Not only is it difficult to guess what others will find attractive in us, but we also can’t be sure what we really want in our partners until we meet them. It’s based on research I did for my book , published by Oneworld this week.
Although 21Pictures is a fully functional dating site, it is also a social experiment, since it offers various new approaches that haven’t really been tried before.
System 1, by contrast, is fast, automatic and emotion-led, driven by far older neural circuits; it operates automatically and with little sense of agency. Effective decision-making requires both systems – but sometimes it is better to use one over the other. In the real (offline) world, sussing out a potential partner is – at least in the beginning – indisputably a system 1 activity.Humans are remarkably adept at navigating complex social worlds and instinctively picking up on familiar signs that might indicate compatibility.As a species we’ve been doing this for millions of years; as individuals all our lives.Walk into a room full of people and it won’t take you long to pick out those who appeal to you, based on the colour of their shirt, the style of their shoes, how they speak, or the countless other indicators that work beneath our conscious awareness. Try deliberating your way through all those social signals and weighing them up based on their individual merits and you’ll end up making some strange choices, or going home single.Curious, then, that this is exactly what many dating sites compel us to do.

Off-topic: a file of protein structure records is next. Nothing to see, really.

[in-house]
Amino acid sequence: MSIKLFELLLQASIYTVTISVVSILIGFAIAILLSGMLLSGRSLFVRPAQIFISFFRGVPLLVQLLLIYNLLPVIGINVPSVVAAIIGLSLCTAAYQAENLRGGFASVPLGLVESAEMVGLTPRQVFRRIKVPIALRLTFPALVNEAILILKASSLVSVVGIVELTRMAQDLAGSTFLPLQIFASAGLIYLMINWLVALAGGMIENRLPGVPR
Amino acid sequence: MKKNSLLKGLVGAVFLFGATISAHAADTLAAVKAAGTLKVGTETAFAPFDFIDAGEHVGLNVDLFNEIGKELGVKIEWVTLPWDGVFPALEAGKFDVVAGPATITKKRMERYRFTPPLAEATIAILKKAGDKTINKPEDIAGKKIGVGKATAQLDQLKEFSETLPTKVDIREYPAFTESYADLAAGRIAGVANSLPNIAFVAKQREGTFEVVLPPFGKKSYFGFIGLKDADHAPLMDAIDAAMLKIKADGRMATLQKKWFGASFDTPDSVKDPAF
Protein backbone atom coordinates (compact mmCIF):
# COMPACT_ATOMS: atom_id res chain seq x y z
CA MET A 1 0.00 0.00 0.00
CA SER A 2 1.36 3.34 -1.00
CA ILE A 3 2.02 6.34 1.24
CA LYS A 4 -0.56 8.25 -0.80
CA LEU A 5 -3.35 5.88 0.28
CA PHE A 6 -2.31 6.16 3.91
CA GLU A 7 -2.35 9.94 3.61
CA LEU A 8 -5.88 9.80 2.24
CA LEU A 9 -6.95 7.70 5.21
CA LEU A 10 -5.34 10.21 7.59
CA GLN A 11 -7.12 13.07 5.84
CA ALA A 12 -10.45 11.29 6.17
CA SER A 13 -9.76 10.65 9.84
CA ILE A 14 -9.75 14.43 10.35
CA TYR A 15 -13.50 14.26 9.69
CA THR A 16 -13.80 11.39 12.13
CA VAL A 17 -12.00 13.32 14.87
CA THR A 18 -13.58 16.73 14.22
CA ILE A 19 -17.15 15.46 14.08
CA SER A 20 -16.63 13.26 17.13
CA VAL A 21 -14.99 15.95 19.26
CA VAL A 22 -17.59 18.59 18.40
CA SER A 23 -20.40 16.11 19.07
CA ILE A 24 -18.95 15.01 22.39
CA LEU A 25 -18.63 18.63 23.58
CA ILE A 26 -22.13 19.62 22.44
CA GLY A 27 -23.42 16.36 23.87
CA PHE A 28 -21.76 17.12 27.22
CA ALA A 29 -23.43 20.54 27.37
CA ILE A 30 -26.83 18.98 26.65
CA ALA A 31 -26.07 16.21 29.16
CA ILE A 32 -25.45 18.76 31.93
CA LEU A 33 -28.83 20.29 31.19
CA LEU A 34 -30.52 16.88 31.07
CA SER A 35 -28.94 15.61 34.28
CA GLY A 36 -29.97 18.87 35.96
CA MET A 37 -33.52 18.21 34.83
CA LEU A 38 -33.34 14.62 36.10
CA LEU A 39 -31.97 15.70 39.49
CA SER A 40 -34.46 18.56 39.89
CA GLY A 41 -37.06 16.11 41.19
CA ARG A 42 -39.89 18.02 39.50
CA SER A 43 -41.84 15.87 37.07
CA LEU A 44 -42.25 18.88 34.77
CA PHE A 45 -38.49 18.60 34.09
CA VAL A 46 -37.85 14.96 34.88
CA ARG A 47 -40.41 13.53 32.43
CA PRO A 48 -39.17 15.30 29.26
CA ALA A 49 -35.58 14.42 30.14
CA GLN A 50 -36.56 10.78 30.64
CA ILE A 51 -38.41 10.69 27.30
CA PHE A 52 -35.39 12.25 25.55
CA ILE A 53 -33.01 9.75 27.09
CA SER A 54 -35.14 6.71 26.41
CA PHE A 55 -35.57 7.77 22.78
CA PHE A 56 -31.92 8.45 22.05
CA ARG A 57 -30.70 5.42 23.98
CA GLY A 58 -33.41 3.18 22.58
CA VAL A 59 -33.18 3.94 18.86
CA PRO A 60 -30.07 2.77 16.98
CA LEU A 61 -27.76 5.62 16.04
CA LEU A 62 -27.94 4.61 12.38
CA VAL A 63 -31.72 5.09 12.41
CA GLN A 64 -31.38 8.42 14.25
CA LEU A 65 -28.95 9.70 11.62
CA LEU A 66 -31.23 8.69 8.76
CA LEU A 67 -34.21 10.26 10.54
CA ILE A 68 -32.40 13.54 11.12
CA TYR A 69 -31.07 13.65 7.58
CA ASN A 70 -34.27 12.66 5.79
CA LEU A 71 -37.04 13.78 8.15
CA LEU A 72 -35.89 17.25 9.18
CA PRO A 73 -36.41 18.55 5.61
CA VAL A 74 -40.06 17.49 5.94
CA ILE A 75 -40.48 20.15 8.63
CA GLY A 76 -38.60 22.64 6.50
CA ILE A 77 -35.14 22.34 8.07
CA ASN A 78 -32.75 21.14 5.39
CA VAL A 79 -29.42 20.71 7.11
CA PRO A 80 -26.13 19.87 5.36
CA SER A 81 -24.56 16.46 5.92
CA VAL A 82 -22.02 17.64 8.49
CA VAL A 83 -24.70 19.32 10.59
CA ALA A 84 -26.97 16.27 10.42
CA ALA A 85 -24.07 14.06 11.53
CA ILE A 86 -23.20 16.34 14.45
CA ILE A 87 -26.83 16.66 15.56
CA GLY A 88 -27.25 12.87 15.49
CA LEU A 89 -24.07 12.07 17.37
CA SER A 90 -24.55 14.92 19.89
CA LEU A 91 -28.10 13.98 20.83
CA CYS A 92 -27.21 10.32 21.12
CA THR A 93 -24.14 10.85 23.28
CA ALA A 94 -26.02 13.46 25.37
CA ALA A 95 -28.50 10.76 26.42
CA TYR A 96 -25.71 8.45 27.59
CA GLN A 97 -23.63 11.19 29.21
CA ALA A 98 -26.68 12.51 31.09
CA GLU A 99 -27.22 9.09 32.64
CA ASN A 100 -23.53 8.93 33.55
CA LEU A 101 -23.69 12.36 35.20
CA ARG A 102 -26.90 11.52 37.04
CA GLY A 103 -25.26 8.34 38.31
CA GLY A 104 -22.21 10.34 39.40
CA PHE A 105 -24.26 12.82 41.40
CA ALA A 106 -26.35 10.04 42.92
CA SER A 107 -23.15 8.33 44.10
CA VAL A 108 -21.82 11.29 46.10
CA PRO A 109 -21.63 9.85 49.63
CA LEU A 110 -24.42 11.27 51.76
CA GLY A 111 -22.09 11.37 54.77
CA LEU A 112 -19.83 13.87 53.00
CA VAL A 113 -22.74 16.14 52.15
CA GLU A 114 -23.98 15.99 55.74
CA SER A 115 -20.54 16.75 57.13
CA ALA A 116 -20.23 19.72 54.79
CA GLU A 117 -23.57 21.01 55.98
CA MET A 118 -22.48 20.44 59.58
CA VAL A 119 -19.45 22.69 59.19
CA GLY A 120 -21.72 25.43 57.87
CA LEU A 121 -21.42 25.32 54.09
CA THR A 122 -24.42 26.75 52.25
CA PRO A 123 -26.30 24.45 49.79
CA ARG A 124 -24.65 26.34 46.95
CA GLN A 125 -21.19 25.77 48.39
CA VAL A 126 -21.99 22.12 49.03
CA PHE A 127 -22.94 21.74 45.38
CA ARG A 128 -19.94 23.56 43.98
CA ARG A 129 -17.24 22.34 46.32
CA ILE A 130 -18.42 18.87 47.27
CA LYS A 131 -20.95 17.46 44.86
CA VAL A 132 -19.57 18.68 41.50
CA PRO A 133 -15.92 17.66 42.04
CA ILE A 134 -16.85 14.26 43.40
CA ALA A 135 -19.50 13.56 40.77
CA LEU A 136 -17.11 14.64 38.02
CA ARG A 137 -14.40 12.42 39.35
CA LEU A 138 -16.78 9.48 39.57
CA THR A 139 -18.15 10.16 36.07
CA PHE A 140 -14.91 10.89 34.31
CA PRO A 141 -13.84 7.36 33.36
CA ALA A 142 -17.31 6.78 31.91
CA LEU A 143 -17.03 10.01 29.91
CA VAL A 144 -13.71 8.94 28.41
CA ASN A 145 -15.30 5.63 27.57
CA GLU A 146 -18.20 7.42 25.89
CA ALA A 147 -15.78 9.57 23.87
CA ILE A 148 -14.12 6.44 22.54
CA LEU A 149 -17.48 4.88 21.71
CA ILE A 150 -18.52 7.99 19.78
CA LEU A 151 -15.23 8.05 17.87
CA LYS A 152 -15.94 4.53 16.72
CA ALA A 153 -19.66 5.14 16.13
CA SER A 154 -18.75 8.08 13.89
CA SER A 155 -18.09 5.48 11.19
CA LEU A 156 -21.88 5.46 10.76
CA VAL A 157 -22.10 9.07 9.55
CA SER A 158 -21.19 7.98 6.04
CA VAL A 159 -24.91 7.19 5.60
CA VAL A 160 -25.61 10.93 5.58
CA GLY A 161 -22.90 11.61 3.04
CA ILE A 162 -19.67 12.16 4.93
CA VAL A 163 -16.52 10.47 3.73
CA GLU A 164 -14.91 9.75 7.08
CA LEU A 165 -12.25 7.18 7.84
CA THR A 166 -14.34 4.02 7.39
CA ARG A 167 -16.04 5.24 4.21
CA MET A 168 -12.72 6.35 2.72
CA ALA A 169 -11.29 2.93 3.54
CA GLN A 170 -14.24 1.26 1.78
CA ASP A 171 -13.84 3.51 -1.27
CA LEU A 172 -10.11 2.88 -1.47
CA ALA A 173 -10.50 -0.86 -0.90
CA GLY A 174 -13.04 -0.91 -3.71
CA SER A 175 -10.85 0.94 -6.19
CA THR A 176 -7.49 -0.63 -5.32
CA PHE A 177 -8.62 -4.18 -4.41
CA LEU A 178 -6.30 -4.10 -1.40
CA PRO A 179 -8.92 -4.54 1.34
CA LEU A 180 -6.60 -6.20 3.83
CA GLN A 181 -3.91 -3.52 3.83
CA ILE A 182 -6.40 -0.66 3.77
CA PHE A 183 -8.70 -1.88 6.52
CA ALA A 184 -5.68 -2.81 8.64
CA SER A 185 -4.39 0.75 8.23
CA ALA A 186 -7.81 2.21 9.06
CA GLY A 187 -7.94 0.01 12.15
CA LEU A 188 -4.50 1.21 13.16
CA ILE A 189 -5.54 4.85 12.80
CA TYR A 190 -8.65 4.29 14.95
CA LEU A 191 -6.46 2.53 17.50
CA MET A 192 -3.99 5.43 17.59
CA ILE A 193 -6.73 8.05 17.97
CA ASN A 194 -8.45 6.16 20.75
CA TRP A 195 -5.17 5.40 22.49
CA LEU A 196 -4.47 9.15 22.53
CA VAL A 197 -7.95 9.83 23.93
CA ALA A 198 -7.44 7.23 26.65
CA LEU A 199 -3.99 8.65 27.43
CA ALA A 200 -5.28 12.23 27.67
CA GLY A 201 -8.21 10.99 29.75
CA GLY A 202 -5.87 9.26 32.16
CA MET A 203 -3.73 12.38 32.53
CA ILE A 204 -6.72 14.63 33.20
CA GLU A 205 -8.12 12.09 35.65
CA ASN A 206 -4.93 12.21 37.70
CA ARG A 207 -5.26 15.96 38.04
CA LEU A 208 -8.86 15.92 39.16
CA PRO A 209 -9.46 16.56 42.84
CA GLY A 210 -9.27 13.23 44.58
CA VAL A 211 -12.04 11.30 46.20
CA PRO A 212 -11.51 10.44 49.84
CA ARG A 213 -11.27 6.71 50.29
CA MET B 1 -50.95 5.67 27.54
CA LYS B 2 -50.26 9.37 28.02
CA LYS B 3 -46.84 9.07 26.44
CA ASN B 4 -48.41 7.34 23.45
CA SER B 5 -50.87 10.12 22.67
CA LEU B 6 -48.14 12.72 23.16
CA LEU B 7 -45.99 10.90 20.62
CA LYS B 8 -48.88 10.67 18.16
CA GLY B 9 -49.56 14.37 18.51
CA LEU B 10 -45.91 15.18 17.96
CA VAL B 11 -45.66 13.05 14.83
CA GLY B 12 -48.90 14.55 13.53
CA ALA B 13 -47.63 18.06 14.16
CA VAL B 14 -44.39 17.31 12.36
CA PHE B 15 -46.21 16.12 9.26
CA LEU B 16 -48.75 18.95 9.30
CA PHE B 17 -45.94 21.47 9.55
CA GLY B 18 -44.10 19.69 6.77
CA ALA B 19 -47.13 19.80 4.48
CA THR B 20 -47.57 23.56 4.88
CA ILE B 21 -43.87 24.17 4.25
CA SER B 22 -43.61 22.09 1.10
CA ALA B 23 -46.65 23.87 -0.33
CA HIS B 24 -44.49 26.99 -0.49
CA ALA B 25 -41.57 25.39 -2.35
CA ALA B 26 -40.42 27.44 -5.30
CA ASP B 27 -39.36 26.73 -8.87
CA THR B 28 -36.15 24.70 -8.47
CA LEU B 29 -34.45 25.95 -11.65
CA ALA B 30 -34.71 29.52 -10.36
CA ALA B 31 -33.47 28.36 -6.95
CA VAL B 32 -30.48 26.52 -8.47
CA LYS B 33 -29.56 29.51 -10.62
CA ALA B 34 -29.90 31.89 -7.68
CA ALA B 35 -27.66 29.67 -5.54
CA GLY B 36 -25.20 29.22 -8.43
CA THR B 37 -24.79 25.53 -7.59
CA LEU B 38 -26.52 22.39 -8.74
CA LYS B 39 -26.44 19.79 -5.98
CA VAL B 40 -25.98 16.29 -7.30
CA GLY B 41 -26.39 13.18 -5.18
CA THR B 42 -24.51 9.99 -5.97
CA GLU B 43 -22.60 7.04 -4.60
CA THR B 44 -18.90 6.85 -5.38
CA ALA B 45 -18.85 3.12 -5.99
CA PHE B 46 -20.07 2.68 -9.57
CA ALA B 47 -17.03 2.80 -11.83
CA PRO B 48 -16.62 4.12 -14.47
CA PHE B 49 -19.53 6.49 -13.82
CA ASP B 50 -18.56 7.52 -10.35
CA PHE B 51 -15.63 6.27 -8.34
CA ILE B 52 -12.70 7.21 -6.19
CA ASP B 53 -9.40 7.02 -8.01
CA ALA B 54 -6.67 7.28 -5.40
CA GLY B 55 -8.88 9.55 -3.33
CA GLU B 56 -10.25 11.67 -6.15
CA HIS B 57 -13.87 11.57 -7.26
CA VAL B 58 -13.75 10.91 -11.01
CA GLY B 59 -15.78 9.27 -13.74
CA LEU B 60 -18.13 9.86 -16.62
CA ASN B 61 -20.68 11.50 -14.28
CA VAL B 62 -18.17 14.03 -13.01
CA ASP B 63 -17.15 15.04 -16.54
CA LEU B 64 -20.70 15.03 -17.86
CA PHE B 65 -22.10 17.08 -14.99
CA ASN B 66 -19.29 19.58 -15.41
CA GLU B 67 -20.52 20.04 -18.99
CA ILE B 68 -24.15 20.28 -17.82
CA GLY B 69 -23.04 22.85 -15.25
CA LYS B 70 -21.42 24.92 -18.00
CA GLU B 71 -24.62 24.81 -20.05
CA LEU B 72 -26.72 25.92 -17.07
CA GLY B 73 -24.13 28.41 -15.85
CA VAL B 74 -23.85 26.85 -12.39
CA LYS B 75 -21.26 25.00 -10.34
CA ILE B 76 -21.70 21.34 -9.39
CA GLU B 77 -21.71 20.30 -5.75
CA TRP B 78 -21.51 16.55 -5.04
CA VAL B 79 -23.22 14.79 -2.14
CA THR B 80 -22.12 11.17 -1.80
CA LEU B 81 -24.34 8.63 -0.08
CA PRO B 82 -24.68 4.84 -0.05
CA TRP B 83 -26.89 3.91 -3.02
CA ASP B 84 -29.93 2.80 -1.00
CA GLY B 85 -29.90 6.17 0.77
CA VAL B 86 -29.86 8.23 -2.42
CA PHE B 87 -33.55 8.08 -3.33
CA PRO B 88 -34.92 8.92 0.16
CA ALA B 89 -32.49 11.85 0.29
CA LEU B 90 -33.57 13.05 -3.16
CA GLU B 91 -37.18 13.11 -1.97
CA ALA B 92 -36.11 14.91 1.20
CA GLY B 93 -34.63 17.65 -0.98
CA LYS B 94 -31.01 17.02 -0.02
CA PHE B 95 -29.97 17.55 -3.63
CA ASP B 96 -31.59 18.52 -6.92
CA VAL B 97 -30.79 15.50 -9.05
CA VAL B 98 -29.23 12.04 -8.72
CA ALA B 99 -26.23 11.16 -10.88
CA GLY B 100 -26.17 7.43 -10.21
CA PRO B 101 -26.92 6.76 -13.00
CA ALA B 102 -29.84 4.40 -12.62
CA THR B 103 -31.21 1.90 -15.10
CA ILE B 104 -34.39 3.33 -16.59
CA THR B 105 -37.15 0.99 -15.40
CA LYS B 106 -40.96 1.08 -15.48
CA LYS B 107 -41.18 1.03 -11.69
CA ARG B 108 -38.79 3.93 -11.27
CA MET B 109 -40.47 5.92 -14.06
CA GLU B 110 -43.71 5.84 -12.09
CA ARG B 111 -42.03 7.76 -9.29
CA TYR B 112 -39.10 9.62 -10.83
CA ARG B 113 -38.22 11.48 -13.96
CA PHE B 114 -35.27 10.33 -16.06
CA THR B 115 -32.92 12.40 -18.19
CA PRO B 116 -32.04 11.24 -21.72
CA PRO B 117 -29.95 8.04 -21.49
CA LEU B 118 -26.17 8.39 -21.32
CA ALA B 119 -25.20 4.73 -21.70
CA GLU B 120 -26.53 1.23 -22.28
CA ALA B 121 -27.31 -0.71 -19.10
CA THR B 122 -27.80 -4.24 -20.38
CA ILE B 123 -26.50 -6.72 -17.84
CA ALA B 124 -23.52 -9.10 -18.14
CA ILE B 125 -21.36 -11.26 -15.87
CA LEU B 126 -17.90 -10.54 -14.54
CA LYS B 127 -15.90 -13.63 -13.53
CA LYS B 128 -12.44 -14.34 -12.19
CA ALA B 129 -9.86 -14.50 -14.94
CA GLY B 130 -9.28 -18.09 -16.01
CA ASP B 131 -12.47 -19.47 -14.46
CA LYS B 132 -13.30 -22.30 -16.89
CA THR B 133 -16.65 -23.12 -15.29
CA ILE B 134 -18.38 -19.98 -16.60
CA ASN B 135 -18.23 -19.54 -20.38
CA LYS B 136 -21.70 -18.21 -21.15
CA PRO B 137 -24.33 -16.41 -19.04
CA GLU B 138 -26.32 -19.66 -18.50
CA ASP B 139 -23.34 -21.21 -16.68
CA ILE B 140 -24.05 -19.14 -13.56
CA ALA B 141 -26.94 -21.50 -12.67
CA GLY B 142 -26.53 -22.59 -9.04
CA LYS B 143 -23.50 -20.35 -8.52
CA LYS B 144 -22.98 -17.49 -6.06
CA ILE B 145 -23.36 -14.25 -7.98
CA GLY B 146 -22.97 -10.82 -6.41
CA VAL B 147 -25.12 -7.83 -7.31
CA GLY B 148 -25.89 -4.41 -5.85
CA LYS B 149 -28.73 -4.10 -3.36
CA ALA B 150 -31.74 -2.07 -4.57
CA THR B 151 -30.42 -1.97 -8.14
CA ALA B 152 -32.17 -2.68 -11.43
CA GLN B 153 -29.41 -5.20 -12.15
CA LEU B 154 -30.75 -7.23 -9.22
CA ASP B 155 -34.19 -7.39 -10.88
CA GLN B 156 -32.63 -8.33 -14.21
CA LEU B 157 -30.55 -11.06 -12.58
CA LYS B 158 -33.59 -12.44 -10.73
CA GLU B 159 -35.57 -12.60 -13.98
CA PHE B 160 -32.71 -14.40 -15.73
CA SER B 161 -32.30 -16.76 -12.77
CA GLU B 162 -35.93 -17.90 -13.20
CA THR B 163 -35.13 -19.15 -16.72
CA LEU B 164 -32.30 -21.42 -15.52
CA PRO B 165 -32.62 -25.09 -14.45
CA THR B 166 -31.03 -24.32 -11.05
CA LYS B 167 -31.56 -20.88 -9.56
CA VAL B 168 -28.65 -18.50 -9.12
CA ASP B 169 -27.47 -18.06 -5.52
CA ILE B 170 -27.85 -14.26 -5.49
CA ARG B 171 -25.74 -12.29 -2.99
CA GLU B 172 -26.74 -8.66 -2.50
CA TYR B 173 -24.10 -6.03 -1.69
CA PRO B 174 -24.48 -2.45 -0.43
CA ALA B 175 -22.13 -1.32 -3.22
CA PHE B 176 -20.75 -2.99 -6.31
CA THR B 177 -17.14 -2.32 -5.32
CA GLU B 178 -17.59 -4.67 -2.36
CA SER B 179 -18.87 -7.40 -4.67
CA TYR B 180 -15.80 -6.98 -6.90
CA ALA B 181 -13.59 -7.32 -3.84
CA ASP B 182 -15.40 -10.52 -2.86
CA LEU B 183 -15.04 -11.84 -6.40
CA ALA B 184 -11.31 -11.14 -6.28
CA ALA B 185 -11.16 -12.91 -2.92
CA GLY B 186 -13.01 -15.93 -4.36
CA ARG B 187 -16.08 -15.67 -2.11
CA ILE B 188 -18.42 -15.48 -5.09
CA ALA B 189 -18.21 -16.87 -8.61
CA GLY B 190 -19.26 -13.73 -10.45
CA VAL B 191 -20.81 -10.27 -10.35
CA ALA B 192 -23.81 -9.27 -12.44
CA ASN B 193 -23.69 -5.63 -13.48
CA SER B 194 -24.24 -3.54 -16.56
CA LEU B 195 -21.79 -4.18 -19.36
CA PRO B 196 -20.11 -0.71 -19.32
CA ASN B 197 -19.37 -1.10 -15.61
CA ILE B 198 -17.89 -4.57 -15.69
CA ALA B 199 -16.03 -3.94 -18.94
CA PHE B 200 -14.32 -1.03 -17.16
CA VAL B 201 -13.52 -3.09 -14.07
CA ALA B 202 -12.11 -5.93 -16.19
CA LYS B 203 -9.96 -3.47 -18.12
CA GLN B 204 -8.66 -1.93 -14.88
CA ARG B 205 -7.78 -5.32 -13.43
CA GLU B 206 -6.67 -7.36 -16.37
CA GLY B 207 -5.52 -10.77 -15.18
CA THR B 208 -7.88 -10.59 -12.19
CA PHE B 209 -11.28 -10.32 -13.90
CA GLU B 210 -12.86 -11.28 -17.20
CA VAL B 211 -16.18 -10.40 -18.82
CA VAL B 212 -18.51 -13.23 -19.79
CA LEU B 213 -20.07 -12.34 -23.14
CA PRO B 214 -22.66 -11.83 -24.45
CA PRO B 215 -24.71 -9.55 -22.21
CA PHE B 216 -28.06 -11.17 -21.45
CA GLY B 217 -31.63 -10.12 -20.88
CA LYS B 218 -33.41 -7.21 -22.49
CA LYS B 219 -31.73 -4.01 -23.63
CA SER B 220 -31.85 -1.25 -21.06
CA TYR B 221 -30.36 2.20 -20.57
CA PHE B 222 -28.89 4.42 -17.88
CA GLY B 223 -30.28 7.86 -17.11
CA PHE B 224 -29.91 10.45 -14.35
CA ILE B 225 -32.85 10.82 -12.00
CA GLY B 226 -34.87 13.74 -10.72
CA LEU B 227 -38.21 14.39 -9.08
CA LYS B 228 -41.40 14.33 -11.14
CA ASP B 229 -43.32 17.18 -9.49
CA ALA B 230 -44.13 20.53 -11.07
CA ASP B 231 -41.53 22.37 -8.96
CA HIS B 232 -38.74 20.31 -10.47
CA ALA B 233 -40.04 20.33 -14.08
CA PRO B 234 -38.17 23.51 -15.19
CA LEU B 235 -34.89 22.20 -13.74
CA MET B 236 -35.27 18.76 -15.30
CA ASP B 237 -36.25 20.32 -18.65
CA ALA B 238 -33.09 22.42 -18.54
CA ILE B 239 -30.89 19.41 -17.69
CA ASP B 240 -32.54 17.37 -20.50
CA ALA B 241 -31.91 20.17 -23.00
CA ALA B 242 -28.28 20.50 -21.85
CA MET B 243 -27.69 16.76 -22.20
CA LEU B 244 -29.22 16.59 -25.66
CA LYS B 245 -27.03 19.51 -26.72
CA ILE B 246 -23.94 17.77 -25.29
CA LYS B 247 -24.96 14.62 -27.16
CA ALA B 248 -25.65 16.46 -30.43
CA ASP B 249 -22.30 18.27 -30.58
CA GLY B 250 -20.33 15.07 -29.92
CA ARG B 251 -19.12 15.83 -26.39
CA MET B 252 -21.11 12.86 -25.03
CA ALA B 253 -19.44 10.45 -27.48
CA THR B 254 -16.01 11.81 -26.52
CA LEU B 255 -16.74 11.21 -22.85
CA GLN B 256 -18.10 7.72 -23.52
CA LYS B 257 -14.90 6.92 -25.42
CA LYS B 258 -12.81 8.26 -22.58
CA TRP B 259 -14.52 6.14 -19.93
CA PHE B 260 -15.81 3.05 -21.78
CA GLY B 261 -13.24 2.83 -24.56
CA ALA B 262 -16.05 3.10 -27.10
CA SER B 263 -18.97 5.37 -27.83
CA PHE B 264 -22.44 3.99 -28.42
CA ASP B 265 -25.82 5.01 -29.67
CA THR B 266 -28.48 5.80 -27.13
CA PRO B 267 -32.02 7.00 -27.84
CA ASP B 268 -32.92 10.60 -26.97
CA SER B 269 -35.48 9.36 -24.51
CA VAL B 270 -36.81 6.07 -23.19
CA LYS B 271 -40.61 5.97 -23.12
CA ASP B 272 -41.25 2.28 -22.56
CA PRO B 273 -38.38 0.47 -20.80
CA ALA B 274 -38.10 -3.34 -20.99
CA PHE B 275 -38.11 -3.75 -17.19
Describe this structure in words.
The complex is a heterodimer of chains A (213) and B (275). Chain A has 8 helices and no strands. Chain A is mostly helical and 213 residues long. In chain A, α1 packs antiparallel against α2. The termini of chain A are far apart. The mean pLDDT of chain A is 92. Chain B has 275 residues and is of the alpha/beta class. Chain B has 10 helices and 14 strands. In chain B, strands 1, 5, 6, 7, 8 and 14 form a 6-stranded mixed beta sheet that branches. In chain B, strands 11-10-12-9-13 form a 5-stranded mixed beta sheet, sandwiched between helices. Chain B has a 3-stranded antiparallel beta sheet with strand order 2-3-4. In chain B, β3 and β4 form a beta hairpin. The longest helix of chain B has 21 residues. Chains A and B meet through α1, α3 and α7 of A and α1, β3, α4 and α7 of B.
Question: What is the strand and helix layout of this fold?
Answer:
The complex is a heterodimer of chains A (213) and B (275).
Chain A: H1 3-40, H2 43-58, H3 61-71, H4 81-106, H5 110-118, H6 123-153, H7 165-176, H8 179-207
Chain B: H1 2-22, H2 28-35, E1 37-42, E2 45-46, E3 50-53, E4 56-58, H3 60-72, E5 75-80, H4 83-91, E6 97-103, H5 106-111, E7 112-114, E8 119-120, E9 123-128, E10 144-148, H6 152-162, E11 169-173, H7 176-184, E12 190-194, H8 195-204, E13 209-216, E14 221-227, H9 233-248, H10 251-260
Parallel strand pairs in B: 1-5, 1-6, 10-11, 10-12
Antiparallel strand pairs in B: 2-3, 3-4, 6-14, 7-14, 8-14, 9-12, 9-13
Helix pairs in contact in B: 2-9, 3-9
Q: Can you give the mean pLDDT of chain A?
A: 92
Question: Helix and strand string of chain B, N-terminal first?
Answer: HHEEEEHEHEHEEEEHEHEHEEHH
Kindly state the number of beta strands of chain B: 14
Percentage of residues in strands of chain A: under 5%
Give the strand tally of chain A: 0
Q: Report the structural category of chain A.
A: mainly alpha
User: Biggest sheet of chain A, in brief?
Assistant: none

Thinking carefully about our dream date, and about our own personality, and allowing an algorithm to compute a match, may be an intriguing exercise.
But as Eli Finkel at Northwestern University and colleagues have shown, it isn’t that helpful. In January, I launched a new dating site called 21Pictures which tries to use insights from psychology to create a more intuitive experience, where daters can make the most of their hard-wired social intelligence when choosing a partner.
In this age of rationality and endless data, intuition is often looked upon as an inferior means of problem-solving. I do not know that I am,” remarked Albert Einstein before his theory of relativity was tested and confirmed as the basis of a new way of looking at the world.
Yet in many situations, even in the hard sciences, it is the most useful means of all. The value of intuition is underplayed in many areas of life, nowhere less so than in online dating.
Most dating websites are engines of algorithmic-powered rationality. ); to fill out various personality and psychometric profiles; and generally to ruminate a great deal about your path to a fulfilling relationship.
For example, they require you to describe yourself in words (your characteristics and interests, loves and hates); to sum up the attributes of the sort of person you’d like to be with (fun-loving? The psychologists Keith Stanovich and Richard West (and, more recently, Daniel Kahneman in his book ) call this kind of approach to problem-solving “system 2”.